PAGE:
Tuesday 23 January 2018

Sophie followed her heart to remote spot -- but it cost French filmmaker her life

Ralph Riegel

Ralph Riegel

SOPHIE Toscan du Plantier fell in love with west Cork on her very first visit.

She had her heart set on buying a holiday home in the remote spot which reminded her so much of her childhood in Lozere in south-central France and school holidays spent at l'Aubrac.

But her decision would ultimately lead to her death and a murder case which has made headlines in Ireland and France for 15 years. Yesterday's High Court ruling on the extradition of Ian Bailey was just the latest instalment in a saga that threatens to drag on for many more months, if not years.

It began almost 20 years ago, in September 1992, when Ms Toscan du Plantier came to view a holiday home in Toormore, which boasted views over the Schull-Goleen countryside. The house was the perfect spot for family breaks and she bought it within months.

Her final visit to the property came just four years later, as she flew into Cork Airport for a brief pre-Christmas break alone.

She intended to fly back to Paris on December 23, 1996, for a New Year's holiday in West Africa with her husband, film executive Daniel du Plantier.

But on that day her battered body was discovered at the foot of the laneway leading from the holiday home. She had apparently tried to flee from an assailant at the house but was caught near a gateway after her clothing apparently snagged on barbed wire. She died from horrific head injuries. The bid to extradite Ian Bailey -- which was lodged by the Paris authorities last April -- followed the failure to prosecute anyone in Ireland for the brutal killing.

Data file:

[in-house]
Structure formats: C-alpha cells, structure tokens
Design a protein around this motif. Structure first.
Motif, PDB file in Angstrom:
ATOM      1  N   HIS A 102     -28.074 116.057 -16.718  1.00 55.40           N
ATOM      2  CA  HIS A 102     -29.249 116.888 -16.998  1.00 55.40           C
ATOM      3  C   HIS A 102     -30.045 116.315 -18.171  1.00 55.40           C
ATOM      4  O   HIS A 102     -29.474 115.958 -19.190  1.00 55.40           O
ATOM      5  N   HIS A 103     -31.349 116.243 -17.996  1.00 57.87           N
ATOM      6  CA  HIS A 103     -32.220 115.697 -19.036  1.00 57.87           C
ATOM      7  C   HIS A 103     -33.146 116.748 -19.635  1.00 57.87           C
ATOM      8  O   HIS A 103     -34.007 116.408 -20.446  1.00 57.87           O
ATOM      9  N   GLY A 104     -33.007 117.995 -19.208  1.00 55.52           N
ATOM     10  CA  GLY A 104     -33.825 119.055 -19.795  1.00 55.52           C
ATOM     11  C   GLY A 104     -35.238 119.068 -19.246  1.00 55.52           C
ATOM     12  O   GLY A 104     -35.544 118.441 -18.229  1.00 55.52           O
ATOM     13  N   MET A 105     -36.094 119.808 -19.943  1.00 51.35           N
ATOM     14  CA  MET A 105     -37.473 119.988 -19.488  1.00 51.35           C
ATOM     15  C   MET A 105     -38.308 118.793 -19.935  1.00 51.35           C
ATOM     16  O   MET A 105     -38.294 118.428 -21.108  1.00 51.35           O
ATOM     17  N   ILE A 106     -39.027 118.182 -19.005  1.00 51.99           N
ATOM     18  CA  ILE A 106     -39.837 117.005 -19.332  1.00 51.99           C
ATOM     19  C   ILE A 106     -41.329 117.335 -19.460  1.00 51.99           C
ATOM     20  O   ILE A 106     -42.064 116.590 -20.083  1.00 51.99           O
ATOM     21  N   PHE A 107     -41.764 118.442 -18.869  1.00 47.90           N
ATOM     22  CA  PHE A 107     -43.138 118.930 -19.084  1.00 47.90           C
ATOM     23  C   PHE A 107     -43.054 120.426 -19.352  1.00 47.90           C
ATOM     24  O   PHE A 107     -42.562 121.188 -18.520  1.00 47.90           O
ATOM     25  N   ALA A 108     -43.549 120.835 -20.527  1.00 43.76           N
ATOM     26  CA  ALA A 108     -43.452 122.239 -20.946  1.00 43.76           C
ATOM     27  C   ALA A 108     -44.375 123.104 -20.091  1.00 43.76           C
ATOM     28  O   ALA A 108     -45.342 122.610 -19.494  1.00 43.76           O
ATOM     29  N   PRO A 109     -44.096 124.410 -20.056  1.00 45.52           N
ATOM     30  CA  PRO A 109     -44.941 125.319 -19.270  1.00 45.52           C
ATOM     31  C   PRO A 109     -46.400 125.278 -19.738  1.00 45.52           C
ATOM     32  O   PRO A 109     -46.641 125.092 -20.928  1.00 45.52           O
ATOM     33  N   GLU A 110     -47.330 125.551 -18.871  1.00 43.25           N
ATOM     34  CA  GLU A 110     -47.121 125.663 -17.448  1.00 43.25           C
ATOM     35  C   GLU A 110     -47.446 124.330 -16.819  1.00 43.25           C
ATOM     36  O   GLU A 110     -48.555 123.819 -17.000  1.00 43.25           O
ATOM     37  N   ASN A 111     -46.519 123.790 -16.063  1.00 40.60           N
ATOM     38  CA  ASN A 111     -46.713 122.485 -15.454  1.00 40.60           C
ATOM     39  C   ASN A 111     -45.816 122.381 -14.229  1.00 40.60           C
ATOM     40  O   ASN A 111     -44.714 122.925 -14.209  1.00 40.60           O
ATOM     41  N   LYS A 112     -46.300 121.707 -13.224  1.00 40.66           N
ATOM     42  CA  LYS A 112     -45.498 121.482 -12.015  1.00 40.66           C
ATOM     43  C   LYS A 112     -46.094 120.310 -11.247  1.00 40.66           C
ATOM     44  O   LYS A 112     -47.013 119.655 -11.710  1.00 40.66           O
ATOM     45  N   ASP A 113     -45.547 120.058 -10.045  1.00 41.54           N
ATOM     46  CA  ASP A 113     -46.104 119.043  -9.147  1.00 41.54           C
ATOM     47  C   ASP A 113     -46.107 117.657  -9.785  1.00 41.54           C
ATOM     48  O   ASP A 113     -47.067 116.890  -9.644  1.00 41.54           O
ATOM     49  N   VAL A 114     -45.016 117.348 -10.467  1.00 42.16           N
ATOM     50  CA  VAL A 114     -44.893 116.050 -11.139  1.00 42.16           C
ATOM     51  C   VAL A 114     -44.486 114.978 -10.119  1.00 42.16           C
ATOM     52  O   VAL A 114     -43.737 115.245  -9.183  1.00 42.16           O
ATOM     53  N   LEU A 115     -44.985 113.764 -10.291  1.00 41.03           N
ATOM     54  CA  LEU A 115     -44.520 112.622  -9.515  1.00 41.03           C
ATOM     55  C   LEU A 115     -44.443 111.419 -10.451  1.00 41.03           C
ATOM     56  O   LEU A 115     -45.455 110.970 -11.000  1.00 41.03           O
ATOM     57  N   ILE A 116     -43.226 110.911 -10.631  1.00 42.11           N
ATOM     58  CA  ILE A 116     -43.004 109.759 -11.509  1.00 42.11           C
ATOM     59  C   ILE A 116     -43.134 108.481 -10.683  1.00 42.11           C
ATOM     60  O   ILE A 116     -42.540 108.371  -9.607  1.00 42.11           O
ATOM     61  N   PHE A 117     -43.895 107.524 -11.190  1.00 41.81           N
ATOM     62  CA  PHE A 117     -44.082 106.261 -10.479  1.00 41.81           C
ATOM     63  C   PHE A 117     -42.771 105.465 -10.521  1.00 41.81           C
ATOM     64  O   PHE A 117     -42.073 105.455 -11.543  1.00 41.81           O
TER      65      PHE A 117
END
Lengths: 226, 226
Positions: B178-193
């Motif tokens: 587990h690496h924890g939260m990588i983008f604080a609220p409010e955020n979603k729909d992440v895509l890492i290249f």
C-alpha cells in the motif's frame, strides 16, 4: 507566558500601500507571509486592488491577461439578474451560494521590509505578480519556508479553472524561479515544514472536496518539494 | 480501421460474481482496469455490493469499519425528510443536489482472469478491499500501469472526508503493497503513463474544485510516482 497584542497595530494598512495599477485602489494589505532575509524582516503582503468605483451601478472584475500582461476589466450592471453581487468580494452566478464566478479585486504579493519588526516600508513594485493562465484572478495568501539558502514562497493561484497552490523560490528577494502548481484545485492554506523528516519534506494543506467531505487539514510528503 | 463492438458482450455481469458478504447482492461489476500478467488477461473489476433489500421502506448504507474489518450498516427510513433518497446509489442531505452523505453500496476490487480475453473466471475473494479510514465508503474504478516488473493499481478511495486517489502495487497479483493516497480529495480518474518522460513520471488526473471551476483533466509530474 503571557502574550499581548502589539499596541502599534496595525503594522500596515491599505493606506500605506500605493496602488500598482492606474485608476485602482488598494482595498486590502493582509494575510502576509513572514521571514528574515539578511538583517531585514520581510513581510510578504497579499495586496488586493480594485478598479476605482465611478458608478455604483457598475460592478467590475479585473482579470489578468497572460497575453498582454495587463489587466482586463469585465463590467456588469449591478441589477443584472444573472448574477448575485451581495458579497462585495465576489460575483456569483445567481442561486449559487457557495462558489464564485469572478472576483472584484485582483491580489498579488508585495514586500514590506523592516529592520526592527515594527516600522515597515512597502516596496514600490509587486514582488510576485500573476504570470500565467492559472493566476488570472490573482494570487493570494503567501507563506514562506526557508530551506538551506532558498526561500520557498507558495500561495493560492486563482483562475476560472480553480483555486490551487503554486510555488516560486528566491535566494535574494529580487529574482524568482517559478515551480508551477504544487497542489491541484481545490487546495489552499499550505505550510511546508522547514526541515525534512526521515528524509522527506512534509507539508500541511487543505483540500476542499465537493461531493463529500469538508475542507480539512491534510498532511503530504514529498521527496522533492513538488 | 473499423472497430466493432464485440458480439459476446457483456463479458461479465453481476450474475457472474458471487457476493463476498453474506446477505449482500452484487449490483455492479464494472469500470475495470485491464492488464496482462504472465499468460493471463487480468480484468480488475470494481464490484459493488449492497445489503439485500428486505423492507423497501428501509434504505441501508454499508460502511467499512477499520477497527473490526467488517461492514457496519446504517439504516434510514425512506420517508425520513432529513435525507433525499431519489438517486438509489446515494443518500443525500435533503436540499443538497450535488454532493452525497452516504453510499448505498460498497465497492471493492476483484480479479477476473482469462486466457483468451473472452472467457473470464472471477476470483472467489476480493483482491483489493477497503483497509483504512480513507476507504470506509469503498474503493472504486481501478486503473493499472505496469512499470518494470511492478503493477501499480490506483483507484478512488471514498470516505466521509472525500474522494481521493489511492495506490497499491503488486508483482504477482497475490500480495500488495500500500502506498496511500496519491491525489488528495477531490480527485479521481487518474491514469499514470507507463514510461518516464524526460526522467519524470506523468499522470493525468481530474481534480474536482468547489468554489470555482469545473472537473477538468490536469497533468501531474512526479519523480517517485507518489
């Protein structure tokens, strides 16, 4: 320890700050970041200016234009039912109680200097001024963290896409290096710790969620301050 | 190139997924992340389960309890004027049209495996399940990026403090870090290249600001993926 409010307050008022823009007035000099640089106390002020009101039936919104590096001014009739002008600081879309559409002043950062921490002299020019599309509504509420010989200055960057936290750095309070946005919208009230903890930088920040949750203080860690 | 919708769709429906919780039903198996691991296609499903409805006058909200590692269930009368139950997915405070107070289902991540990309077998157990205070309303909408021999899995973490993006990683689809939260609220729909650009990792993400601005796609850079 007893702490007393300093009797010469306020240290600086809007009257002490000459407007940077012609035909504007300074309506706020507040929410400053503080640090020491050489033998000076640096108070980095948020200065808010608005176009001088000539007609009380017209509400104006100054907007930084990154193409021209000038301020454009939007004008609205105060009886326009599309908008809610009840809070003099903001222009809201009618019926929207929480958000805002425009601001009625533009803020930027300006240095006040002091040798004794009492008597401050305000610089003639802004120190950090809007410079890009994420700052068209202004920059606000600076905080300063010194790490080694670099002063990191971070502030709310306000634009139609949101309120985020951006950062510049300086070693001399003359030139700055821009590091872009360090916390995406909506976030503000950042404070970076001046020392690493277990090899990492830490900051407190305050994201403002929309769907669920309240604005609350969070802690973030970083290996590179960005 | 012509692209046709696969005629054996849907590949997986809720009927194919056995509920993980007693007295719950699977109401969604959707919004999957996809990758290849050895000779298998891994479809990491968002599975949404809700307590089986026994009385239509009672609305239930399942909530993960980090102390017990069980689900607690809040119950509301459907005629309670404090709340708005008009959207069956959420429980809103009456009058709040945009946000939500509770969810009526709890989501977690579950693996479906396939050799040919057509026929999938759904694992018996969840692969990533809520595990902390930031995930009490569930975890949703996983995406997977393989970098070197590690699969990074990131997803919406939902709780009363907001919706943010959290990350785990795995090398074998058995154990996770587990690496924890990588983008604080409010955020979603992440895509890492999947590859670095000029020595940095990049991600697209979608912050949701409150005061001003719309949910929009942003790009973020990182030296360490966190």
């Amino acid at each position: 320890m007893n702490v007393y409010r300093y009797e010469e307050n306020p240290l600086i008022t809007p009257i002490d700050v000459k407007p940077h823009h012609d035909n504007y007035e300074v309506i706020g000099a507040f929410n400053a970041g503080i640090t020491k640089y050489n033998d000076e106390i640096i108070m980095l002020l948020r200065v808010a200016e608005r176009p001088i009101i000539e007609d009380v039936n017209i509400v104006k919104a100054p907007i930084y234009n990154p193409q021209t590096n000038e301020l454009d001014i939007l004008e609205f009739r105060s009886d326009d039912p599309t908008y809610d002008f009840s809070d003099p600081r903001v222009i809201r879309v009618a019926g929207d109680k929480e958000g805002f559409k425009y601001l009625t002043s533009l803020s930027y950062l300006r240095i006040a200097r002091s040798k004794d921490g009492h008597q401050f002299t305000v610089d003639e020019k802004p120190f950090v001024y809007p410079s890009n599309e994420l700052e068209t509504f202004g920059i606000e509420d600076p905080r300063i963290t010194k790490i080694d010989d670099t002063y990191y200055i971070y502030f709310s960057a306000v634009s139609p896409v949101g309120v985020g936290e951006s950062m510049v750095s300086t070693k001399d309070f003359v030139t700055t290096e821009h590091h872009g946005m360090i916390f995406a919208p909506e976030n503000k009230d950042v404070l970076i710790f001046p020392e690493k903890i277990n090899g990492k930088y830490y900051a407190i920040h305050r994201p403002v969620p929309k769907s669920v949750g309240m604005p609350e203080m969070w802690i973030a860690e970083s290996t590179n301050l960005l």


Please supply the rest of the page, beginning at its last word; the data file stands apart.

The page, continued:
Despite a massive garda investigation -- and two subsequent 'cold case' reviews -- no one was ever charged.

Mr Bailey was twice arrested and questioned by gardai -- in February 1997 and January 1998 -- but was released without charge on both occasions.

Mr Bailey was adamant that he was innocent -- and in 1994-95 took defamation proceedings against eight Irish and British newspapers who, he claimed, had libelled him.

Then one of the key witnesses in the libel hearing -- Schull shopkeeper Marie Farrell -- recanted her evidence and claimed she had only made specific statements under duress.

Ms Toscan du Plantier's family were left with the option of mounting a civil action based, in large part, on some of the material from the libel hearing.

They initially signalled a civil case but, within two years, had abandoned it. The only avenue left open to the family was a French-led investigation and potential prosecution.

Starting in October 2007, a lobby group was set up -- the Sophie Toscan du Plantier Truth Association (STDPTA) -- comprised of Sophie's friends, colleagues and family members.

Very quickly, the STDPTA began to make significant progress, with the major breakthrough being the appointment of a Paris-based magistrate, Patrick Gachon, who would lead the new probe.

The French authorities formally requested access to key elements of the murder file.

When that access was granted, it was interpreted as an admission that there was now little likelihood of a prosecution ever occurring in Ireland.

Finally, in April 2010, the French team formally sought a European Arrest Warrant for Ian Bailey.

In all likelihood, the Bailey extradition case is destined for the Supreme Court and will ultimately rank as a landmark in both Irish and European law.

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